‘Sober curious’ as more than just a trend
Even before the pandemic shut down the world’s bars, alcohol consumption has been on the decline as millennials and Gen Z seek healthier habits and binge less.
Global drinks market analysis firm IWSR found that the low and no-alcohol segment in Australia grew 2.9% in 2021, with alcohol sales declining by 1.4%.
It forecasts that between now and 2024, it will grow by 16% and become one of the fastest growing segments in the market.
AB InBev, the world’s largest beer conglomerate, says it expects sales of no- and low-alcoholic beer to represent 20% of sales by 2025, triple its current share.
Michael Livingston, an associate professor at the National Drug Research Institute at Curtin University, is part of a team that’s sought to better understand an ongoing trend observed in wealthier Western nations.
Young people, starting in the early 2000s, began drinking significantly less than previous generations.
“It’s a trend that we’re seeing globally, or at least in high income countries with similar drinking cultures to ours,” like the UK, the US, Canada and New Zealand, he said.
And while there are “a bunch of theories” around why this is the case, including growing awareness of the health risks of alcohol, Livingston says there’s a compelling case to be made that the perception and performance of identity through the prism of social media has contributed in some way to this shift.
New entrants to the market
Ben Kraus, founder of Victorian brewery Bridge Road Brewers, based in Beechworth, told Business Insider Australia he developed a non-alcoholic beer for the business after he and his family became trapped in Austria during the first lockdowns of the pandemic in 2020.
Kraus, whose wife and business partner is Austrian, visits Europe often and uses the opportunity to conduct market research. In 2005, when he founded the brewery, it was bringing craft beer – already well-established overseas – back to Australia.
In 2020, it was non-alcoholic beer.
“I started to see this growth in non-alcoholic beer before we really saw much in Australia,” Kraus said.
“I’m always watching how people buy at supermarkets or what they buy at a bar,” he said.
“One year no one had alcohol-free beer, the next year, a couple, and the last year I was there, I could not have gone to someone’s house who didn’t offer alcohol free beer as freely as they would offer beer.”
A stint at a German brewery over the European summer led to the development of the company’s first non-alcoholic beer; a pale ale using a recipe that uses a fermentation process similar to traditional beer but halts the process before the alcohol content reaches 5%.
Banks Botanicals was founded in 2020, part of a growing market of Australian-based companies looking to speak to an emerging high-end market of consumers looking for a non-alcoholic equivalent to premium alcohol brands.
Yolanda Uys, the company’s founder, said she wanted to create a product that mirrored the aesthetic and quality of the many homegrown craft and premium gin brands flooding the Australian market.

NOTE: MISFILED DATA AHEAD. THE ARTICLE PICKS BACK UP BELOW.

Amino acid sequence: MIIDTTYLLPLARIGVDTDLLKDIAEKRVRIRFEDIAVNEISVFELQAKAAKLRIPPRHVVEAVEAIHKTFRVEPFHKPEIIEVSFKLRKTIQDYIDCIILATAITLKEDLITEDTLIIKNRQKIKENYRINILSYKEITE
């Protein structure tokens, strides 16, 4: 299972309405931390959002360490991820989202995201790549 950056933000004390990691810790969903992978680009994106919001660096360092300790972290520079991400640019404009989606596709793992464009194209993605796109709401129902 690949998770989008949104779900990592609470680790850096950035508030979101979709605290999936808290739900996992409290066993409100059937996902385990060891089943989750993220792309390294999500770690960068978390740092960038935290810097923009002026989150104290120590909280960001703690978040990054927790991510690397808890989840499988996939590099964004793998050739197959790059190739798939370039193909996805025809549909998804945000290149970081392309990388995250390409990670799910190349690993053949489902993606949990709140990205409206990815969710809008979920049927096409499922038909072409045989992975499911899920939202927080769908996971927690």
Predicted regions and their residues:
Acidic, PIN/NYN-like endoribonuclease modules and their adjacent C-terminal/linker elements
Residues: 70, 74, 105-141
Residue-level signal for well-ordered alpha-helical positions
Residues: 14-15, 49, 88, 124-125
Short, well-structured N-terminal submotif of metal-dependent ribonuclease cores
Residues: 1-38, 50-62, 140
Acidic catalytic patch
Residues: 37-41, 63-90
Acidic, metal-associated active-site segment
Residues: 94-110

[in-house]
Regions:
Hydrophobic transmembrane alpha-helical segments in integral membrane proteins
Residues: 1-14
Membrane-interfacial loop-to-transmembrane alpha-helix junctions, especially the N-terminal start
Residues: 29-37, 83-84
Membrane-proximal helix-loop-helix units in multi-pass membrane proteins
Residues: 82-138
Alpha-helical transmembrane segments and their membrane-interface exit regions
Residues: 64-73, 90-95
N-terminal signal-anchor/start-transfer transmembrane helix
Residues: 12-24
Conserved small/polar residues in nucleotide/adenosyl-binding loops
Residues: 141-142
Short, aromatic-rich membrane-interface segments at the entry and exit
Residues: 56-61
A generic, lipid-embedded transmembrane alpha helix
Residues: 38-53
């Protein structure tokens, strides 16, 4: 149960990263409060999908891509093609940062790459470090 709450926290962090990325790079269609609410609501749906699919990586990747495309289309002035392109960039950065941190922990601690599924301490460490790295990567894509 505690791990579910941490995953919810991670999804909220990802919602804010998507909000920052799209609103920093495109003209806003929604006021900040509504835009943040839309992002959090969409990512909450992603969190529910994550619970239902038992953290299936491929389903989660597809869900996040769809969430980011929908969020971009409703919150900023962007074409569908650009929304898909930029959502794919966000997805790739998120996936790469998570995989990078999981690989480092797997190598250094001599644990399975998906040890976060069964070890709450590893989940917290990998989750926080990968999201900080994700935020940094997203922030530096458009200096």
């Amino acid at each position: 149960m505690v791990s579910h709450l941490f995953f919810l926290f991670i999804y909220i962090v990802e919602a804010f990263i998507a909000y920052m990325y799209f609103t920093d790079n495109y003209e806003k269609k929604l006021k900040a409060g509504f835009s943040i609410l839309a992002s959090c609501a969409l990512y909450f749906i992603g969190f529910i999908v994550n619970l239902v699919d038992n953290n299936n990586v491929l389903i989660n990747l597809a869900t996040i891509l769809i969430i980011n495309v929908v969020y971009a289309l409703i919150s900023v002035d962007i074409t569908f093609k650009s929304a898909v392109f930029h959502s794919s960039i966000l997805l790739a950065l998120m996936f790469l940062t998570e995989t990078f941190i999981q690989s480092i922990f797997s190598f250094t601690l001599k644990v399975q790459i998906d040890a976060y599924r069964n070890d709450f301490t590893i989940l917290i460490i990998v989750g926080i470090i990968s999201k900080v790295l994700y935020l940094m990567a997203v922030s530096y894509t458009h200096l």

“It’s organic, it’s non-alcoholic, it’s vegan, it’s gluten free, and made in the Yarra Valley,” Uys told Business Insider Australia, explaining the appeal of her product to a growing customer base.
Echoing Kraus, Uys said she thinks sophisticated products like hers appeal to a mainstream, along with the ‘sober curious’ that would consider it alongside other gin brands.
“It’s not just about non-alcoholic drinkers,” Uys said. “We wanted to be the alternative, and to provide something that was able to hold its own.”
Uys said her research showed almost 65% of Australian consumers said they were interested in no or low alcohol brands. And almost 70% want to either decrease or maintain lower alcohol consumption.
“So what that means is that this isn’t just for people that are not drinking,” Uys said. “This is about moderation.”
‘Simple drinks penetrating the sophisticated market’
Kesa said she’s noticed a subtle evolution in how companies are marketing their non-alcoholic drinks — and the types of companies selling them.
She referenced Melbourne-based wine company NON, which was founded in 2019 to service the high-end non-alcoholic wine market.
William Wade, the label’s founder and a former chef who trained at Noma in Denmark, wanted to create non-alcoholic wine for a younger customer than that of traditional non-alcoholic beverages.
“All of the non-alcoholic wines are designed specifically to be matched with food,” Kesa said of the brand, adding that she sees it as an example of companies offering “more sophisticated” options and “really elevating” that market.
Kraus said that the rise of non-alcoholic beverages generally and the ‘sober curious’ trend, along with low ABV hard seltzer, is a sign that “beverages as a whole [are] starting to blur a little bit.”
“It’s happening in the wine industry, not from an alcohol perspective but from a market perspective, where we’re seeing these fun wines being produced like pet nats and natural wines.”
“You see it in seltzer infiltrating markets; really simple drinks penetrating the sophisticated market.”
Kraus said he’s seeing a broader shift in mainstream drinking culture, towards non-alcoholic beverages as simply another choice to be made when ordering at the bar.
“It’s not exclusively the one drink. It’s not the dominant drink. It’s just another option that people can have.”